The media attention surrounding Oprah Winfrey’s presence on a Chicago murder trial jury got me to thinking. I know of plenty of near-misses by celebs on juries, and this is one of the few I know of where they actually stayed. Of course, lots of folks think it’s kind of odd, and maybe bad, and not (for once) because anyone thinks celebrities’ time is more important than the “common man’s.”
As we saw in Oprah’s case, celebrities can draw a lot of attention away from the trial at hand (something the family of Walter Holley, the man whose murder was being prosecuted, probably didn’t appreciate). Oprah reported at one point, I believe, that she had to tell her fellow jurors that deliberations probably wasn’t the best time for autographs. There’s the matter of attention (though by all accounts Oprah took her duty very seriously), and the concern that the other jurors would think less for themselves, and would be more inclined to go with the celebrity, ESPECIALLY one who’s known for her views and ability at talk, like, say, a talk show host.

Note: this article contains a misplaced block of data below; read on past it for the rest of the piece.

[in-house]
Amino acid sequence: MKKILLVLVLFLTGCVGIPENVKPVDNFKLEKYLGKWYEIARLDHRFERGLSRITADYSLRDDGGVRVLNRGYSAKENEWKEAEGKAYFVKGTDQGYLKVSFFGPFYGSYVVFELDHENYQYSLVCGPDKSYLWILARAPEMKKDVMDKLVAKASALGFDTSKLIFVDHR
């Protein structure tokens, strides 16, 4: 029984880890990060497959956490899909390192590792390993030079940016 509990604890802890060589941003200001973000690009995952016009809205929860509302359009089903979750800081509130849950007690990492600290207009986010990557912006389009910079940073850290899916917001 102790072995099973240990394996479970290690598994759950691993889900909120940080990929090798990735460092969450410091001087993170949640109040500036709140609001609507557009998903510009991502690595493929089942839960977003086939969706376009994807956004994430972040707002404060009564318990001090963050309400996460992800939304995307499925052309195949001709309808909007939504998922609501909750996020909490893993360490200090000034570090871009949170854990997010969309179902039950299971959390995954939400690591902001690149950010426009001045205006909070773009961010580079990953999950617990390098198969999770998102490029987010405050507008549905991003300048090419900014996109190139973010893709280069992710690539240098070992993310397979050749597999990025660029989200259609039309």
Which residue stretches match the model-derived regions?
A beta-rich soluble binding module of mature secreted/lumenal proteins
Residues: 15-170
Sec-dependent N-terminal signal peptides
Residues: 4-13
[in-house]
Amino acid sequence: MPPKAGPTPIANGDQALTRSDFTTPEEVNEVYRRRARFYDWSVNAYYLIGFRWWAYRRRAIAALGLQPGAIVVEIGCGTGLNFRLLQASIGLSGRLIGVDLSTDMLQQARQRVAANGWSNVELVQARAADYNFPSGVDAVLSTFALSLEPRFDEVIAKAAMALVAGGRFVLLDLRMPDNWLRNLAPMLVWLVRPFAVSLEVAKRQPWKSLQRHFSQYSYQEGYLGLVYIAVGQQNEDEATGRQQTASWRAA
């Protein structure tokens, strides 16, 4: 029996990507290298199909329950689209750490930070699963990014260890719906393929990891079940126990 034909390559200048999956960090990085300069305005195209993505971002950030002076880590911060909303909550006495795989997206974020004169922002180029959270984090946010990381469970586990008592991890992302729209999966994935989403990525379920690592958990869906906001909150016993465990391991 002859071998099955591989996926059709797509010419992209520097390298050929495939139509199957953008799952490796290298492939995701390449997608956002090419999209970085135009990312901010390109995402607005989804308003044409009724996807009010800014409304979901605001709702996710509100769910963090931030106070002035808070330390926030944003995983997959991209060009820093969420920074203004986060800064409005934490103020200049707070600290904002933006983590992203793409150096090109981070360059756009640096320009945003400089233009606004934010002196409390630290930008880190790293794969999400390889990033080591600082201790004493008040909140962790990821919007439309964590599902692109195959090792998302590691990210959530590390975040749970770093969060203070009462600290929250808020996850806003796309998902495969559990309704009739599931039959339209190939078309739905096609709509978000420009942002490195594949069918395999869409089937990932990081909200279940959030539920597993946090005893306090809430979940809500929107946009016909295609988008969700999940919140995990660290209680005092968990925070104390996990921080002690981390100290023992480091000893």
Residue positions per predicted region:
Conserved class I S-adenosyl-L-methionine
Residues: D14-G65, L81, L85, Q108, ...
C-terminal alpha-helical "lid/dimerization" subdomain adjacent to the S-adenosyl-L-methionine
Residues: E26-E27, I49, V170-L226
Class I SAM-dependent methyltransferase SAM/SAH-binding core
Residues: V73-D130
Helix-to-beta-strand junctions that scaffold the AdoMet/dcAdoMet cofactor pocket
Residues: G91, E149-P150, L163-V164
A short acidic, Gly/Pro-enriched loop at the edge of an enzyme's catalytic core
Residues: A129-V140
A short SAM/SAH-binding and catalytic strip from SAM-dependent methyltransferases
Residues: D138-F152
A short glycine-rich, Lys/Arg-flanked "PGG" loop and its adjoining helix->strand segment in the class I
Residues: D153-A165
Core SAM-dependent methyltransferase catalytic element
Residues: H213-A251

On the other hand, of course, jury duty IS a civic requirement, and we certainly don’t want to make too many exceptions for certain kinds of people - that’s what lawyers are for. And Oprah, due to her regular job and status, is definitely an unusual case. But what sort of harm, if any, IS there in letting an A-list, or even a B-list, celeb on a jury? How much do you think it affects the final outcome? Do you think they convicted in the trial Oprah served on because of her? To what extent? Did the defense (or the prosecution, for that matter, despite the fact that they won) screw up in not excusing her?